New non-GMO probiotic a breakthrough for milk production and infant health
Published: August 6, 2021
Category: Non-GMO News
Researchers from University of Helsinki, Finland have succeeded in enabling a well-known probiotic to grow naturally in milk without the use of gene editing.
The Lacticaseibacillus rhamnosus GG, or LGG bacteria, has been used to treat issues including infant intestinal problems. But because it cannot use lactose and cannot break down the milk protein casein, it has had to be added separately to produce probiotic dairy products.
Though GM processes have attempted to make LGG adapt better to milk, researchers have now found a non-GMO way to do it. Conjugation is employed, where a bacterium produces a copy of its plasmid (a ring-shaped piece of DNA) and transfers the plasmid to an adjacent bacterium. The spread of plasmids, which carry traits useful for bacteria, can be rapid among bacterial communities.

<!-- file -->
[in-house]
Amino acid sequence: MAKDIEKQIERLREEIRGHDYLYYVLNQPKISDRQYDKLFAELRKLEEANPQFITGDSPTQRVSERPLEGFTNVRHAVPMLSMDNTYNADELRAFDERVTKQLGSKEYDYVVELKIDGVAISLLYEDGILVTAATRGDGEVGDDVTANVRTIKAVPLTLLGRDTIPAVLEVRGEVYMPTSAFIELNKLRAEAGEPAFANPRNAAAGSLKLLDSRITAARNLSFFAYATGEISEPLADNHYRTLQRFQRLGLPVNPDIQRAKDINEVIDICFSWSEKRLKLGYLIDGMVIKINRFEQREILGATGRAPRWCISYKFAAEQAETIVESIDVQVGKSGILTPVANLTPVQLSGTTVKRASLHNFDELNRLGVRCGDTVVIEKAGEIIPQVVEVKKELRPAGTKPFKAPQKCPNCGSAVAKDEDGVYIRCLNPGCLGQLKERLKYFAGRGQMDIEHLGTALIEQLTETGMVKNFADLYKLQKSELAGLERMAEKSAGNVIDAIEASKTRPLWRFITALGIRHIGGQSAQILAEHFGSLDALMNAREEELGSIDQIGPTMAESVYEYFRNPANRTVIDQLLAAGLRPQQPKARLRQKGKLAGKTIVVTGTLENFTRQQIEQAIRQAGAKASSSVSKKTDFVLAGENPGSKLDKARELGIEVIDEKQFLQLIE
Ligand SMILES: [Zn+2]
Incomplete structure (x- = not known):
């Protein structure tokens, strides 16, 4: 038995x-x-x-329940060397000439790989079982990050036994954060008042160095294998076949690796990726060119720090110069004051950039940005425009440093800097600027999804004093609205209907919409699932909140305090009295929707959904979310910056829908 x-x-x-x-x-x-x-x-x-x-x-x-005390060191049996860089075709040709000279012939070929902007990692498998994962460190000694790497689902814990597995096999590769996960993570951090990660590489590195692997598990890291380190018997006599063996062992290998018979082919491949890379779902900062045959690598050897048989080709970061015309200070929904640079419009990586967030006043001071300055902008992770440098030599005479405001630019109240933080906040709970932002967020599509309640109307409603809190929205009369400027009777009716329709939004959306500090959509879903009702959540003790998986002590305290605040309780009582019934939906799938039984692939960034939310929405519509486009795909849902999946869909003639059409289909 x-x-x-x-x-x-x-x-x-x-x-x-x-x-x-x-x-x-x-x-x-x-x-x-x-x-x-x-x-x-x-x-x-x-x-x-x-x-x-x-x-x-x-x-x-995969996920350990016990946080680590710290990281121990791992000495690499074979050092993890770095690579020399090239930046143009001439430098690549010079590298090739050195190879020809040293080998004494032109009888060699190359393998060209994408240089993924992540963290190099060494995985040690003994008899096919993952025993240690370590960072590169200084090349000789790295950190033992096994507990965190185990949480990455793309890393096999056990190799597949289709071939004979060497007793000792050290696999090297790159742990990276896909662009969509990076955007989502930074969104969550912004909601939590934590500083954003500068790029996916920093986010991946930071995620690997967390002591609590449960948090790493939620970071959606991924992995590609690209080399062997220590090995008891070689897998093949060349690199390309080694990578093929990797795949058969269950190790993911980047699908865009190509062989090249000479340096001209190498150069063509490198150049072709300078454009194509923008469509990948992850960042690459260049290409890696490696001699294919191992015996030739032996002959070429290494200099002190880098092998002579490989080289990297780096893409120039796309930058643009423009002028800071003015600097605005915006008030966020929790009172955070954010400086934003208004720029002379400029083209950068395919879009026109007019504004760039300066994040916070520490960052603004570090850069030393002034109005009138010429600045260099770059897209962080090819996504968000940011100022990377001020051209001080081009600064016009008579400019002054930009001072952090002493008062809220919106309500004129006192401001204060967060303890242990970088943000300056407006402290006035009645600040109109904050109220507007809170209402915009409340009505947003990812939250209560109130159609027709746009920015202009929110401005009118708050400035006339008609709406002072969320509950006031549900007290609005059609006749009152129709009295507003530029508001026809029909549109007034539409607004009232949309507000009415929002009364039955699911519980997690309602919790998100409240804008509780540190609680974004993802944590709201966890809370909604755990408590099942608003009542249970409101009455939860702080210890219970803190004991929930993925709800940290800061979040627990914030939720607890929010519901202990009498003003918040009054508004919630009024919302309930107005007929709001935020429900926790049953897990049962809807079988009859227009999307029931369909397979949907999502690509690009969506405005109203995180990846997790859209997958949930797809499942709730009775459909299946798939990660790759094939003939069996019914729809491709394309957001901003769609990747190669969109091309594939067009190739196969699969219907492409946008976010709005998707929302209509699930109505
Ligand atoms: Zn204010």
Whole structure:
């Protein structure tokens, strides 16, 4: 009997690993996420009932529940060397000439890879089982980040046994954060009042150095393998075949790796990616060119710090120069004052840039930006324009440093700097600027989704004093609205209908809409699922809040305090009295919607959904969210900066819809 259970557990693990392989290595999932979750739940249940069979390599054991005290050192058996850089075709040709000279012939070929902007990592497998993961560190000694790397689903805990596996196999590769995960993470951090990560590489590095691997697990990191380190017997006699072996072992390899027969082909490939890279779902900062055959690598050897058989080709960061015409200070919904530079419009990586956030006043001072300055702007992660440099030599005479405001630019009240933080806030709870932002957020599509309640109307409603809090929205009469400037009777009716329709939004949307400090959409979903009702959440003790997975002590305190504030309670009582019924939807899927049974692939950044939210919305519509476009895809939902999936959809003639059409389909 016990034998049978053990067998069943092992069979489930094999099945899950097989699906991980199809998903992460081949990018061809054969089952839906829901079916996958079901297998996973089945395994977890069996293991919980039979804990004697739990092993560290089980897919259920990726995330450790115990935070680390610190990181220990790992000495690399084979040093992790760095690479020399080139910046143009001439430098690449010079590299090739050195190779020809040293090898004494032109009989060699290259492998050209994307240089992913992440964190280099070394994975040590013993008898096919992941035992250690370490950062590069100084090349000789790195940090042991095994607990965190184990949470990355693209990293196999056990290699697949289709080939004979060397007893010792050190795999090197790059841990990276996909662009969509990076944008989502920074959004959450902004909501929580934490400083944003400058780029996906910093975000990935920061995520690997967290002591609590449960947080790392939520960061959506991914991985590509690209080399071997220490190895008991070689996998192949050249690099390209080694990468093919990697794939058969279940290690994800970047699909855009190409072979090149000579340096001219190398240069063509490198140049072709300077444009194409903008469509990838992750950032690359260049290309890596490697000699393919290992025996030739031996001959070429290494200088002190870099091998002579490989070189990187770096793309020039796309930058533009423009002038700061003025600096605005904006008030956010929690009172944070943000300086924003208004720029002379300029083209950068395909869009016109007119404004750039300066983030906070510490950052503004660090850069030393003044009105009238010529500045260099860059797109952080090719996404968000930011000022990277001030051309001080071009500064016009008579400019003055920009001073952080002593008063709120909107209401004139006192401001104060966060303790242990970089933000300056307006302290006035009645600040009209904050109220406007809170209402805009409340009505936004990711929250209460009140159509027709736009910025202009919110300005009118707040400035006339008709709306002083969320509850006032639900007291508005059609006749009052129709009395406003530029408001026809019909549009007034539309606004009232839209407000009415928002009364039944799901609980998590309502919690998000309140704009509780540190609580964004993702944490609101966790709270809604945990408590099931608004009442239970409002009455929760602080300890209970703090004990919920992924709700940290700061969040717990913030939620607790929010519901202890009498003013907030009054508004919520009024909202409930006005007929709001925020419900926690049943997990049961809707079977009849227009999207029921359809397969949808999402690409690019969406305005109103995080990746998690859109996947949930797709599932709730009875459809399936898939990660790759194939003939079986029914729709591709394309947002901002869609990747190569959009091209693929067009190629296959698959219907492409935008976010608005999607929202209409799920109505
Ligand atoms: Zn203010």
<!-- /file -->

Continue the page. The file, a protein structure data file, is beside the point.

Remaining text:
“The new LGG strain is not genetically modified, which makes it possible to consume it and any products containing it without any permit procedures,” said the project leader, Professor of Microbiology at University of Helsinki.
The probiotic concentration accumulates in the production stage, so it need not be added to the final products. It might even be able to grow in the infant gut, producing more lactic acid which protects against E. coli and salmonella and other threats to infant health.
Researchers from the National Institute for Biotechnology and Genetic Engineering, Pakistan, were also involved in the project.
Source: Food Processing
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Organic & Non-GMO Insights August 2021